AMHERST — A 1954 newspaper article found in the files at the Amherst Historical Society by a local historian sets the scene “the old cellars are still there. One wonders what people will say years from now if they ever uncover these cellars and try to determine what they were used for.”
Mysterious and tempting, like a time capsule preserved for decades and unearthed before its time.
From both a historical and structural standpoint, the discovery of two buried cellars behind Town Hall has been a significant find, according to those involved.
Discovered in March while contractors were working on a storm sewer improvement project for the city, the cellars were part of a brewery owned by William Braun, according to Matt Nahorn, a volunteer with the Amherst Historical Society, who began researching the history of the cellars after they were discovered.
Nahorn learned that Braun emigrated from Germany with his parents in 1852 and settled in Amherst around 1860.
“He owned property behind Town Hall, which is where he built his brew house,” Nahorn said. “The brewery was just behind his house by a natural spring.”
Braun’s house has since been restored by the Timko family and turned into the Five Corners Bed & Breakfast.
Around the time the cellars were discovered, Nahorn had been working to restore the archways around the old spring for the Timko family.
“People would come from all over to gather water from the old spring,” Nahorn said. Braun himself used it for his brews.
By the late 1800s, Braun closed his brewery, demolished it, and sold part of the property to the railroad, but the cellars remained.
They were left unsealed until the Great Depression years, when people became concerned that someone could fall in them, according to Nahorn.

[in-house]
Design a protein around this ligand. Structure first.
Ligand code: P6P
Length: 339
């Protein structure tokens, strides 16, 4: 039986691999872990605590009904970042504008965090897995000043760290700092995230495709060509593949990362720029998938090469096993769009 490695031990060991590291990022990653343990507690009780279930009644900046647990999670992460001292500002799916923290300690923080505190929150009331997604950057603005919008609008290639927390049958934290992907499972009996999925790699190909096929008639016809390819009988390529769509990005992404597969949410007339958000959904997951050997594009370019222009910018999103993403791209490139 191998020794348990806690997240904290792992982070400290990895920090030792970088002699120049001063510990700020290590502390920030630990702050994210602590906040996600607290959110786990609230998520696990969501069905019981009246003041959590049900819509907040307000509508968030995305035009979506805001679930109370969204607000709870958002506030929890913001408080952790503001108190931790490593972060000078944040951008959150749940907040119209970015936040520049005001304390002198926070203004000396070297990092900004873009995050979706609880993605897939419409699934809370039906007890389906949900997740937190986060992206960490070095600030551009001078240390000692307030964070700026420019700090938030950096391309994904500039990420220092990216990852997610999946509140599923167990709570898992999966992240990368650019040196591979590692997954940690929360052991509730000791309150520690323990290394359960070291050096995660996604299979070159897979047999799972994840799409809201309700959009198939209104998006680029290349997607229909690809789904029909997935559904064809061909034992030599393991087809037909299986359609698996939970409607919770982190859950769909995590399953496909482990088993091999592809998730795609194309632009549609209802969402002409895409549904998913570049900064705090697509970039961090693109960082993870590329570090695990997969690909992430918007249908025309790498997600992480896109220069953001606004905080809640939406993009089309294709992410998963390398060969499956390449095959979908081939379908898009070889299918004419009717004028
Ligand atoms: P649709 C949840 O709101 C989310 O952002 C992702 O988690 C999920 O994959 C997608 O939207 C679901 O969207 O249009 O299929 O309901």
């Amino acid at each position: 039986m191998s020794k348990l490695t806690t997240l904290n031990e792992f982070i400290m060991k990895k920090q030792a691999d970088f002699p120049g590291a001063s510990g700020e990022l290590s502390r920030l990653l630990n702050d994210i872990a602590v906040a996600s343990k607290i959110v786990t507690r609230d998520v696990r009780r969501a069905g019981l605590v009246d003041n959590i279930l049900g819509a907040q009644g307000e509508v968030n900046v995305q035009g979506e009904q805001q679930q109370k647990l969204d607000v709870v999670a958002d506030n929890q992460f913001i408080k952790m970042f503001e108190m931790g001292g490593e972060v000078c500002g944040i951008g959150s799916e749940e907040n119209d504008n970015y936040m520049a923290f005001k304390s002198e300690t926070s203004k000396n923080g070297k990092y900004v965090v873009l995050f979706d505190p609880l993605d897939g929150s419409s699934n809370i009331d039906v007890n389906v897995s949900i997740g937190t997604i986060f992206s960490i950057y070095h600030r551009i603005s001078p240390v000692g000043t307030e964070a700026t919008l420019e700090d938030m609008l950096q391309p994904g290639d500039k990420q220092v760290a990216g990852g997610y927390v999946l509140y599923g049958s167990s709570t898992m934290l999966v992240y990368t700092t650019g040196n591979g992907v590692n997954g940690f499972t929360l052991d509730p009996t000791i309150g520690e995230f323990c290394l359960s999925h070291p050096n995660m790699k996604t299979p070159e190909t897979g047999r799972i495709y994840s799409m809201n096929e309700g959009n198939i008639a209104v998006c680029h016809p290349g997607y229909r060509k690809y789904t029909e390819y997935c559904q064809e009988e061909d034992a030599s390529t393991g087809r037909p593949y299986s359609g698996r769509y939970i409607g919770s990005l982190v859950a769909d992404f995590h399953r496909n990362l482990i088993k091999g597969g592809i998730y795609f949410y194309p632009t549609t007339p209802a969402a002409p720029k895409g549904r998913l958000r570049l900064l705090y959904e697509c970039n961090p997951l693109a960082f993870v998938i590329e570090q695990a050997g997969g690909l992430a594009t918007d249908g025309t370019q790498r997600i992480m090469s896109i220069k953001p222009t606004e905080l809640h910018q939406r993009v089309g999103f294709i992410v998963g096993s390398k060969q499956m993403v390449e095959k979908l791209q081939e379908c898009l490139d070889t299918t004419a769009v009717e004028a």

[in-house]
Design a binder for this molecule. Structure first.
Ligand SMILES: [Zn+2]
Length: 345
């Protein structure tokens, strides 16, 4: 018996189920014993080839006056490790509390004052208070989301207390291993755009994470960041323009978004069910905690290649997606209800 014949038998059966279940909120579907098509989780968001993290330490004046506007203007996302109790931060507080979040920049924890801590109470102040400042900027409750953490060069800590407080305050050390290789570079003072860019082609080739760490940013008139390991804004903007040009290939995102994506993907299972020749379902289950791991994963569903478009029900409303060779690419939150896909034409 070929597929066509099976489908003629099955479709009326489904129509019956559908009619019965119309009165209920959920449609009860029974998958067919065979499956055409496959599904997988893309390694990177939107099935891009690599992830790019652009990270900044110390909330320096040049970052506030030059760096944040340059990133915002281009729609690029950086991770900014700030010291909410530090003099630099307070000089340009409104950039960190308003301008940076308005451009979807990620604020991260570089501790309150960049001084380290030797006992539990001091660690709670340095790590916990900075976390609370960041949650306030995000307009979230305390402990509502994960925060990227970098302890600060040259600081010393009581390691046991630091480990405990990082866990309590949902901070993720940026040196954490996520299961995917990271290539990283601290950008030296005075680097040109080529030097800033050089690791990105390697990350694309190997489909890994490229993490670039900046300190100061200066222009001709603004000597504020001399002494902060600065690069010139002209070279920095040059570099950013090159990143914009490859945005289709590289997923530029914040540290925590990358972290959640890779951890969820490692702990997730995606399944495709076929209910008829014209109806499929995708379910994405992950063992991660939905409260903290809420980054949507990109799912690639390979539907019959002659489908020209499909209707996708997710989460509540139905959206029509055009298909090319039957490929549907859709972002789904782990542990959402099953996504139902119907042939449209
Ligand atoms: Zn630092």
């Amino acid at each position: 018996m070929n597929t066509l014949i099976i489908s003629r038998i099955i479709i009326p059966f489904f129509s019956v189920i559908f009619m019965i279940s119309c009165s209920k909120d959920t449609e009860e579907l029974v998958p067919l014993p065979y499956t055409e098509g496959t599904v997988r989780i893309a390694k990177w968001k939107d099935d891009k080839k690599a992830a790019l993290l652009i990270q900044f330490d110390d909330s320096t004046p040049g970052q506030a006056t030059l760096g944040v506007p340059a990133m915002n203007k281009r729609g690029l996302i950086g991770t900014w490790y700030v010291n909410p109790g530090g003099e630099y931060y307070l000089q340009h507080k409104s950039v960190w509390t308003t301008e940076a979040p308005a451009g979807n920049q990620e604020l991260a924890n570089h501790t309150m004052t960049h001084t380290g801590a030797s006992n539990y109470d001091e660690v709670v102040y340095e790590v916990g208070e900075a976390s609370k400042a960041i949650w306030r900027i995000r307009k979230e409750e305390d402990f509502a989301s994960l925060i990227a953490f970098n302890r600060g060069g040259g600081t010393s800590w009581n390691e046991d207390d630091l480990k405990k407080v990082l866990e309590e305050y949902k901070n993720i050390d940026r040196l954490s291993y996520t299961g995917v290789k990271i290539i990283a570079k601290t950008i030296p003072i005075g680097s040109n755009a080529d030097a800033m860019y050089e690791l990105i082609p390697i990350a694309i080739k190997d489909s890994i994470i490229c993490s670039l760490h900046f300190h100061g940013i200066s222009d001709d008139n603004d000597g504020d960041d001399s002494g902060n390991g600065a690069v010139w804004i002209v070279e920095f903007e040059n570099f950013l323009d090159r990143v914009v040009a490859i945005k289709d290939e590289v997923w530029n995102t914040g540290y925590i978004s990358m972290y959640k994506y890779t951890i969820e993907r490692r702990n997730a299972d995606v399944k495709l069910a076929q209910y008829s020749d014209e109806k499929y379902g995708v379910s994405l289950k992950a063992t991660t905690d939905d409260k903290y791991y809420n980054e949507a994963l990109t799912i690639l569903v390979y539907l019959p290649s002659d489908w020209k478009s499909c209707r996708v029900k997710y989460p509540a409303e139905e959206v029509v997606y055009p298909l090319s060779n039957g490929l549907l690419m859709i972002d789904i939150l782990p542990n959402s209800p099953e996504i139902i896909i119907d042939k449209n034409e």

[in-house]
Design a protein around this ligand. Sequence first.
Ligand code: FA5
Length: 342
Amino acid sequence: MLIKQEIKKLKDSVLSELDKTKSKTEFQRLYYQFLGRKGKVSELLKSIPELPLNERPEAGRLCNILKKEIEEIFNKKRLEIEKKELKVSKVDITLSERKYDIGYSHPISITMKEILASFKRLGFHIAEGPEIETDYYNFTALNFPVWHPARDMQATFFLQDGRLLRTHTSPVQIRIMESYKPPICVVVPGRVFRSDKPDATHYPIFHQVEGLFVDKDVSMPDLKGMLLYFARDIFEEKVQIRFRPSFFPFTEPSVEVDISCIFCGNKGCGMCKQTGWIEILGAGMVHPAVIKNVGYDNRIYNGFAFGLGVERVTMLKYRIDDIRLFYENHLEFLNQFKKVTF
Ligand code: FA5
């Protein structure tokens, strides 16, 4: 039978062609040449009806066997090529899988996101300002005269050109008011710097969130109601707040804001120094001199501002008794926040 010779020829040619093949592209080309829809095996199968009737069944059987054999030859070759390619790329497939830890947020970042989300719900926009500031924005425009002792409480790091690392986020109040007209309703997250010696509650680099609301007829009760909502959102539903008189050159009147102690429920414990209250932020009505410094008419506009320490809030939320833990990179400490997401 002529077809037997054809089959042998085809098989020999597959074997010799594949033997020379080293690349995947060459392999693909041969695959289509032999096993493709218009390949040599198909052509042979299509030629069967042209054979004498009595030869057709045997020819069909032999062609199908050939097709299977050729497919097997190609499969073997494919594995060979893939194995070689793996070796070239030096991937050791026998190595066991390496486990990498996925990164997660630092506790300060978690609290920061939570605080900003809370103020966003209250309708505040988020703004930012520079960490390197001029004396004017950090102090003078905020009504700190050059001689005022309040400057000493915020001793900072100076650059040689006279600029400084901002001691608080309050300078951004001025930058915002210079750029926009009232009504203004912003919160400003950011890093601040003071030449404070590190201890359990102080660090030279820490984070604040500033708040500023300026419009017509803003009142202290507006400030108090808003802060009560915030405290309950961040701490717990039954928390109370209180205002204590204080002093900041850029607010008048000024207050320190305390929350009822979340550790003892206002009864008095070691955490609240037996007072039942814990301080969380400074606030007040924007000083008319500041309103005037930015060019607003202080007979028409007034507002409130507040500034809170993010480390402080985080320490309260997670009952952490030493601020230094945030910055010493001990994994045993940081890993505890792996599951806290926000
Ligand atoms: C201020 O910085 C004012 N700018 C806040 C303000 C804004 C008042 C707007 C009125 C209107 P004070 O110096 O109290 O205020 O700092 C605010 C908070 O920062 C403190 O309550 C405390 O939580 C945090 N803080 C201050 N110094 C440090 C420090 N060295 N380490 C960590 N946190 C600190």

The cellars were sealed and basically forgotten.
The area around the spring was forgotten for a while as well. It was cleaned up in the early part of the 20th century and a stone archway was built around it, but after years of neglect, it fell into disrepair again.
Nahorn hopes to stop the cycle of neglect after the city completes its work on the storm sewers sometime in late summer.
He would love the chance to explore the cellars and even see them open to the public, but for now, that is just a dream.
Although significant historically, it has been determined that the cellars need to be sealed again for safety reasons.
Aaron Appell, project manager with Bramhall Engineering in Avon, said he has had other finds on the job over the years, old foundations and old bridges.
“Nothing of this significance though,” he said, “nothing this unique. It was such a large structure that was buried.”
Each of the two cellars measures 48 feet long by 15 feet wide.
Call it human nature, but as soon as they were discovered, people wanted in.
Contractors, city officials, even Appell had to see what was down there, and they weren’t disappointed.
“It’s pretty amazing what they were able to do in the 1800s,” Appell said. “They knew what they were doing when they built it. It’s amazing considering they didn’t have the equipment and tools we do nowadays.”
Perhaps in another 80 or 100 years, the cellars will be unearthed again, leaving people to wonder why they were buried and what they might have been used for.
Contact Christina Jolliffe at 329-7155 or email@example.com.